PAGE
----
Tuesday, December 2, 2008

4 + 1 Market Overview

Featuring 4 things that matter a bunch to energy market prices, and one thing that should matter but is generally being missed by the market.

1) The Economy: It is official, the NBER called the recession yesterday - and post-dated it to December of 2007. The government has committed $7.8 trillion to prop up the economy - and the patient is still red-lining on the operating table. Without signs of life from the economy, it will be hard for energy prices to break the bearish trend of the last 5 months. Indeed, even China is having problems.
Currently, The Economy is bearish for energy prices.

2) Inflation/Deflation:
For years, we have been worried that low interest rates might cause inflation - that is, too much aggregate demand for a finite pool of resources which causes prices for goods and services to move higher. Currently, many observers are claiming the domestic economy is going through a deflationary period. Greg Mankiw discusses this economic phenomenon - the reduction in aggregate demand - in the NY Times. Commodities are bearing the brunt of the this deflation, with crude price decreasing $98 in the last 5 months.

However, with Ben Bernake's Fed trying to stimulate our economy with injections of cash, and inflation is an accepted side-effect. The question is: How far will prices need to fall before Bernake's policies begin to prop up the economy?
Deflationary pressure is bearish short-term for energy prices. Inflationary pressure is bullish intermediate-term for energy prices.

3) The Price of Crude:

OPEC member nations are going into budget shock - they had never anticipated that price could fall THIS FAR, THIS FAST. They will be forced to cut production at some point to gain control of the situation. Further, many of the tar sand projects at Fort MacMurray have been idled, as crude price has sunk below the marginal cost of production.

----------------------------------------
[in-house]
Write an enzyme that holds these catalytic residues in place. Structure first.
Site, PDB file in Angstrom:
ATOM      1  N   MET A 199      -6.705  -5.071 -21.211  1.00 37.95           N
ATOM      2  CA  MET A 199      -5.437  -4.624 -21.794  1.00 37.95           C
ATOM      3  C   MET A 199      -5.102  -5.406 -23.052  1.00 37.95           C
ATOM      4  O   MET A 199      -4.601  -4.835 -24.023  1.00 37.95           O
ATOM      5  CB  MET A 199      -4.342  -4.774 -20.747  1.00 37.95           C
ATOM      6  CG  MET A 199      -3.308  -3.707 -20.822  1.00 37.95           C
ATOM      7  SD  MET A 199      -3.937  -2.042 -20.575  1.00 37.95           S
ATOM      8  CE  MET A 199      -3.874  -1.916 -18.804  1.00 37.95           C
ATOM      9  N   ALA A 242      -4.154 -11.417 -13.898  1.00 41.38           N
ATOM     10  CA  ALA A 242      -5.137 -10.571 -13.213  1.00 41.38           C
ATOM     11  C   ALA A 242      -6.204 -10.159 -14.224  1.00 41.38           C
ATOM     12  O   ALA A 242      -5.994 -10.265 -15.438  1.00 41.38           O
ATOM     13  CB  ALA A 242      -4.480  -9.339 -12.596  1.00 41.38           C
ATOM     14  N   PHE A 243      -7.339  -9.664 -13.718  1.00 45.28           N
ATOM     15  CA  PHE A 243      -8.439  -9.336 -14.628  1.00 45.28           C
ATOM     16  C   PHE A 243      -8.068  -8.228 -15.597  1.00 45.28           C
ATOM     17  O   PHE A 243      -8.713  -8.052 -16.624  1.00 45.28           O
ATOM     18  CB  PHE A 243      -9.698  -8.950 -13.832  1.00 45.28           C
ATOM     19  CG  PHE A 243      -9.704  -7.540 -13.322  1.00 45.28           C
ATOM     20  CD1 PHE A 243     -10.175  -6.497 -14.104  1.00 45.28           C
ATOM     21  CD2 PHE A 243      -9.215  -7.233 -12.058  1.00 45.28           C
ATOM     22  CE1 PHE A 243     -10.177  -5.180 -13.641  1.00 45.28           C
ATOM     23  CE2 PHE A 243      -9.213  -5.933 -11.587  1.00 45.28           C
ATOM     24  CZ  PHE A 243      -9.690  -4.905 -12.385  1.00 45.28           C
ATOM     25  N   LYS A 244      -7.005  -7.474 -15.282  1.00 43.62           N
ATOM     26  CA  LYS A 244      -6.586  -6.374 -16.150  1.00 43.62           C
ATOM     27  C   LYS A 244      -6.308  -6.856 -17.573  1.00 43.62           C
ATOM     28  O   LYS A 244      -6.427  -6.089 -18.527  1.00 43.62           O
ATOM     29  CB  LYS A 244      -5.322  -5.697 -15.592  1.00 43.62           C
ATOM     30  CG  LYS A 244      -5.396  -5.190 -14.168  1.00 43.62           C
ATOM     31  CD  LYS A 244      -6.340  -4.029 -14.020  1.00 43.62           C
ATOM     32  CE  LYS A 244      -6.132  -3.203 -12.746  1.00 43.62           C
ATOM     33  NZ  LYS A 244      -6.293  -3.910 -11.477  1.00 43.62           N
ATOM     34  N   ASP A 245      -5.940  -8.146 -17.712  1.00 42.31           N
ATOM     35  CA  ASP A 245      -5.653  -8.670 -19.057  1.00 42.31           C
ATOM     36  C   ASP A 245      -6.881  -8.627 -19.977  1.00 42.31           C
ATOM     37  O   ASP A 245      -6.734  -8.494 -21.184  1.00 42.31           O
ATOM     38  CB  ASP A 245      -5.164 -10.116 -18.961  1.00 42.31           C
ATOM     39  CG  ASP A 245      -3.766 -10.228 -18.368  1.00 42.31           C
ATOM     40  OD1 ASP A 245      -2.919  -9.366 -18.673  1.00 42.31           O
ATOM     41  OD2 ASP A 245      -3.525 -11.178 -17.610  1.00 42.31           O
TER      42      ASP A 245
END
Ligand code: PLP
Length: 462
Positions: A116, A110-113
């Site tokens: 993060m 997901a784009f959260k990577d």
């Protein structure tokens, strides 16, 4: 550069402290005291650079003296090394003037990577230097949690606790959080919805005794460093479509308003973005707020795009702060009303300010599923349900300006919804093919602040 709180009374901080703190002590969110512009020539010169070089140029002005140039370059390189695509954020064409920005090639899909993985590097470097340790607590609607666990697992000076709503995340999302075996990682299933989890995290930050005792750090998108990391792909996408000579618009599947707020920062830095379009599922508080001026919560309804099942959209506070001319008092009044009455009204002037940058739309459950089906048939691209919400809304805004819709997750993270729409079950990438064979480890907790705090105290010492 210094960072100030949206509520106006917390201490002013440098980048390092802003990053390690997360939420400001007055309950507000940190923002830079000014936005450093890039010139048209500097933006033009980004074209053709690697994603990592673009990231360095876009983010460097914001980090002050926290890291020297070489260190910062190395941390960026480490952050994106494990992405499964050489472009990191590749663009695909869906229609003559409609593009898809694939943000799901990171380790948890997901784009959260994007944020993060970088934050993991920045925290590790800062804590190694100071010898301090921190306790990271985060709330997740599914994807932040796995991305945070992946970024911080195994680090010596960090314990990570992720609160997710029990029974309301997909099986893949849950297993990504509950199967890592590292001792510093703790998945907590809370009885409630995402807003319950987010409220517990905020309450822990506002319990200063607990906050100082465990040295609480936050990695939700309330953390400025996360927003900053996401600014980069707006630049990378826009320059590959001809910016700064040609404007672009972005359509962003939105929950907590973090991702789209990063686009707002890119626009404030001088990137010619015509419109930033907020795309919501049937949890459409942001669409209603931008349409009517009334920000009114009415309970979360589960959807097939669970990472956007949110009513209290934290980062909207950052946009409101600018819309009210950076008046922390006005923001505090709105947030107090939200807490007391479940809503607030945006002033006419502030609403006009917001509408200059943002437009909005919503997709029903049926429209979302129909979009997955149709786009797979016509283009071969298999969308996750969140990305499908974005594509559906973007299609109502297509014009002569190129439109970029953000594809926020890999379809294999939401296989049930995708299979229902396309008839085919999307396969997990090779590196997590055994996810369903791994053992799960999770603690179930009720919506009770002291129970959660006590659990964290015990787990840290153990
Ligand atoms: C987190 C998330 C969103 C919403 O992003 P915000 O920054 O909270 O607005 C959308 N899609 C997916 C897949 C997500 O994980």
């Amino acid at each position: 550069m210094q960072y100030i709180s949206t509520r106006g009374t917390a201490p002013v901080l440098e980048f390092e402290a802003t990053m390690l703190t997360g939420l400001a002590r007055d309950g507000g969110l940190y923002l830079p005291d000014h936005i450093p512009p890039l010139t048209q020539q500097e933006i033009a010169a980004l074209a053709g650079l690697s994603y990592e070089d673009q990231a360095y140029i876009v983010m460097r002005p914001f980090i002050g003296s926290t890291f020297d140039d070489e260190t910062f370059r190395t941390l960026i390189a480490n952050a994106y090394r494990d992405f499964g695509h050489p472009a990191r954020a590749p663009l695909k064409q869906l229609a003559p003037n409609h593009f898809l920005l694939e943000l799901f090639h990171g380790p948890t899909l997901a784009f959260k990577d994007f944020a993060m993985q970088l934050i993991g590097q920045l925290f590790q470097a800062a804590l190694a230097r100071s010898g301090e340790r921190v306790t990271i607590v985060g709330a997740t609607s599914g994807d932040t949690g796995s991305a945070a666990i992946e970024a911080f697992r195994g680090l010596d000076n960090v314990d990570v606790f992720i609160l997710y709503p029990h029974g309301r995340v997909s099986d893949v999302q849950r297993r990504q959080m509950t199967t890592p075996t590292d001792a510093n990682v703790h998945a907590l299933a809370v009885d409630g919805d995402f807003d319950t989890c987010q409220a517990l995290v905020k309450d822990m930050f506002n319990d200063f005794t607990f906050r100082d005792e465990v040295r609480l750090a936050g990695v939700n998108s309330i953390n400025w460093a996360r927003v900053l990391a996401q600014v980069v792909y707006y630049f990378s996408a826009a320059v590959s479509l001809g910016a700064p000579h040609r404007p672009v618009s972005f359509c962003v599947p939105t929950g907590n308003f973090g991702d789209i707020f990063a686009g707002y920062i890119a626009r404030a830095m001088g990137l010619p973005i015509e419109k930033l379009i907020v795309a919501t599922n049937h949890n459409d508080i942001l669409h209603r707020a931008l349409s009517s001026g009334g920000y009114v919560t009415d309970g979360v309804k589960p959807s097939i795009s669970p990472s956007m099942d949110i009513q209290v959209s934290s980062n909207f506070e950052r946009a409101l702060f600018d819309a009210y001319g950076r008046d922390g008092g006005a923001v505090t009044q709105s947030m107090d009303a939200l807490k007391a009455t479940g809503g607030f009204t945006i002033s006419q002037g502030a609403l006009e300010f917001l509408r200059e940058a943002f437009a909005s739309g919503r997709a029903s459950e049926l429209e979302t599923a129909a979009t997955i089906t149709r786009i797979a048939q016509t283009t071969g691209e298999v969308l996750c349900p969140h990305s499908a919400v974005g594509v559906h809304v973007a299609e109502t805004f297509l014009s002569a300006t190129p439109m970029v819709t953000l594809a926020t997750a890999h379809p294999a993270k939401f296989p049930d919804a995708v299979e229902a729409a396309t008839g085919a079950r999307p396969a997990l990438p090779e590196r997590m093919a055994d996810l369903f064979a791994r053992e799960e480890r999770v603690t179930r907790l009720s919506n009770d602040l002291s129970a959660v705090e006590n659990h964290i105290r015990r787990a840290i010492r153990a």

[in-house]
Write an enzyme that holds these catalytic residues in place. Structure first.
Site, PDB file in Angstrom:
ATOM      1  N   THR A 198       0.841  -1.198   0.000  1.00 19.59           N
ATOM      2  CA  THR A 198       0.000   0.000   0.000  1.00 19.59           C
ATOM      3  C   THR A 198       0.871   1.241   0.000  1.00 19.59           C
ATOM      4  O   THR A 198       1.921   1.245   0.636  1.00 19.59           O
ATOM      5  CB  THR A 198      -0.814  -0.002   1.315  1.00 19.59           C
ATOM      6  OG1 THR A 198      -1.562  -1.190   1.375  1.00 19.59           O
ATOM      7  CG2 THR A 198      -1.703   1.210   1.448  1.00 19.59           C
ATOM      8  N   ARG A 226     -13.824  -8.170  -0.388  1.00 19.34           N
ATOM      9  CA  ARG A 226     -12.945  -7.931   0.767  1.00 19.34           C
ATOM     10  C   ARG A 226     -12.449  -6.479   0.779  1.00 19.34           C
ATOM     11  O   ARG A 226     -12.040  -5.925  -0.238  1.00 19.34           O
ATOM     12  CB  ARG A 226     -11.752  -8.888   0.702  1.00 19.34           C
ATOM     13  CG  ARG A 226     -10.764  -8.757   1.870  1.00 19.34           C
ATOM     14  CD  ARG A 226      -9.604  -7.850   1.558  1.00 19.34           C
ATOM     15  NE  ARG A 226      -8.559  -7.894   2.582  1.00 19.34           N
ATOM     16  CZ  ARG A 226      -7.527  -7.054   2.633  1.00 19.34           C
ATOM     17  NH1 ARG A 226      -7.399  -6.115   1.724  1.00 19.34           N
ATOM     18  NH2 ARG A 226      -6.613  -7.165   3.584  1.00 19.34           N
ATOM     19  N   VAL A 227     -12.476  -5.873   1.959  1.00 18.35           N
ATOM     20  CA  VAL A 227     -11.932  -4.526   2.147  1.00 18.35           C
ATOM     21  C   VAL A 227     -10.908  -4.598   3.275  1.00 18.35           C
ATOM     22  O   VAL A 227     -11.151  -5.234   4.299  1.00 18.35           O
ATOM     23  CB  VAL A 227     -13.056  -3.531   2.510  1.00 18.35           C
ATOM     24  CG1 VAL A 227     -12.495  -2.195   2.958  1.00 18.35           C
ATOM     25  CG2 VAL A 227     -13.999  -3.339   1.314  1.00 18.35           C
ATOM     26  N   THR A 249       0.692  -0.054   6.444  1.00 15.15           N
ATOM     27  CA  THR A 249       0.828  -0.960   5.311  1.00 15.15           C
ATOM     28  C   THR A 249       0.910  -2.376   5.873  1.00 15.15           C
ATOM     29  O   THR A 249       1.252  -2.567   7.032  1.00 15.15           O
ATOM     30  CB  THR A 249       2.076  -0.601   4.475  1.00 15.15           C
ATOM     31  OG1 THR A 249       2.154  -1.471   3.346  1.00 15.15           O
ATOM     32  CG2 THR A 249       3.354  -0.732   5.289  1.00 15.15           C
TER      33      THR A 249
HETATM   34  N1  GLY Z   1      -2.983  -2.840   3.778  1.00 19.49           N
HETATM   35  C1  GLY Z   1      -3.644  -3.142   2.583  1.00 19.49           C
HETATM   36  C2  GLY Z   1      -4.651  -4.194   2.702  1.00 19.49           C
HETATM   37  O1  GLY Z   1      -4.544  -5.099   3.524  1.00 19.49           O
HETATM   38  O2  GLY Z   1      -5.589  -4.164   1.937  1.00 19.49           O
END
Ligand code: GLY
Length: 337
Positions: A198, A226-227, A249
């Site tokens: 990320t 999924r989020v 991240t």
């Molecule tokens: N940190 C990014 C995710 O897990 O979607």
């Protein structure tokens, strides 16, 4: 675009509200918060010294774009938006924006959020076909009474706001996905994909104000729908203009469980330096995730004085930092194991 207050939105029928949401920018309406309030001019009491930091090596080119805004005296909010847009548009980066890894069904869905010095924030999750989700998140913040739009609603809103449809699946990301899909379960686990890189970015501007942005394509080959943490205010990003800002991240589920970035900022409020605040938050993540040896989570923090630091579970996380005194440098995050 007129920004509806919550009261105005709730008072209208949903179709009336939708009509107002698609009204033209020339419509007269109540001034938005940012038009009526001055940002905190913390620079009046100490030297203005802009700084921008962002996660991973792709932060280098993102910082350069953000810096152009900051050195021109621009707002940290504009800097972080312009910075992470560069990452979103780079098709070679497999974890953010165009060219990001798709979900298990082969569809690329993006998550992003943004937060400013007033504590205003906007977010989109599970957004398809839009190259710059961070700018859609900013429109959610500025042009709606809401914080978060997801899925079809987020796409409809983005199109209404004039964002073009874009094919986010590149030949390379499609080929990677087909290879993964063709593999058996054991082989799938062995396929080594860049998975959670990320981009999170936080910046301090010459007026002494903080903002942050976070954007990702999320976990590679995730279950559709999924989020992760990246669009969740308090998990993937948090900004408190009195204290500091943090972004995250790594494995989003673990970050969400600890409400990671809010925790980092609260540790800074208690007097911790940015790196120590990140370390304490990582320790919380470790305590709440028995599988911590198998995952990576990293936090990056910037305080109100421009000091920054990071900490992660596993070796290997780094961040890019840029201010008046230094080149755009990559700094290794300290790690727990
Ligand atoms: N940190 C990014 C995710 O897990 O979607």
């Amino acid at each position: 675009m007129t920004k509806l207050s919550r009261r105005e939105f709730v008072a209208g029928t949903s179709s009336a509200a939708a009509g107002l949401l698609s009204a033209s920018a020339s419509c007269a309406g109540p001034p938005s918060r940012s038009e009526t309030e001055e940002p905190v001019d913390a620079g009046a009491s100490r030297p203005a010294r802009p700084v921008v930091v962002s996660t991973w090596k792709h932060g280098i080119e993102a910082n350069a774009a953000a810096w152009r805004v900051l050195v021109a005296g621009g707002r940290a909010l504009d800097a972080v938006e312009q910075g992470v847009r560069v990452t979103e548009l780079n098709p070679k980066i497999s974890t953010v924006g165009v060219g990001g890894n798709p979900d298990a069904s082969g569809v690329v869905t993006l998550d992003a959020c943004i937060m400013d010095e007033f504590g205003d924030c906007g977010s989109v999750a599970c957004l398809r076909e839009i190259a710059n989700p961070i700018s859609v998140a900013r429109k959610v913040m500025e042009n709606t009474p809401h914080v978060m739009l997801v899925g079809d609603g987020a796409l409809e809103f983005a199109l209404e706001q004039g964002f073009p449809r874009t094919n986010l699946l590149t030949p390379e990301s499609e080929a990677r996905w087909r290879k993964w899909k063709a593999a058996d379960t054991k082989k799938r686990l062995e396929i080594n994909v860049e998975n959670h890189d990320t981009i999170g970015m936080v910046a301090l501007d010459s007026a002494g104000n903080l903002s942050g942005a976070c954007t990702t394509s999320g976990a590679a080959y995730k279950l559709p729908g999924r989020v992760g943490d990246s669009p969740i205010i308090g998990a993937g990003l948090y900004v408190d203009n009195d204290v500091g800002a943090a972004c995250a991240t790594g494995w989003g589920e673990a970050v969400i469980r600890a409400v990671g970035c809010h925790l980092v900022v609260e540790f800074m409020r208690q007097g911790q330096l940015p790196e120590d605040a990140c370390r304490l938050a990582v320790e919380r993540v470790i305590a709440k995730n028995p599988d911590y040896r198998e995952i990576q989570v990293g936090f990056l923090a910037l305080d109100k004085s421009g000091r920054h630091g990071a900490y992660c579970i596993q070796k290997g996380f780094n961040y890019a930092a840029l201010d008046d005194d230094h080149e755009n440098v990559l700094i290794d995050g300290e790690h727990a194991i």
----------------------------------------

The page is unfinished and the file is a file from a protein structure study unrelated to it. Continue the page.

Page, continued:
This is bullish (long term) for energy prices.

4) Inventory Balances:

The EIA reports that crude and unleaded product balances have been building for 10 weeks straight and that the inventories now sit on the high side of the 5 year average. Consumption has taken a significant hit - even in the face of lower prices.
This is bearish for energy prices.

And the one thing no one seems to be noticing:

+1) Future Growth

The world is still growing its population at an almost geometric rate, and the economies of China and India continue to develop. Certainly, the last 6 months have altered original near-term demand projections...but that does not change the fact that in the longer-term outlook, our world economy is still addicted to oil. And no one seems to be noticing!!!

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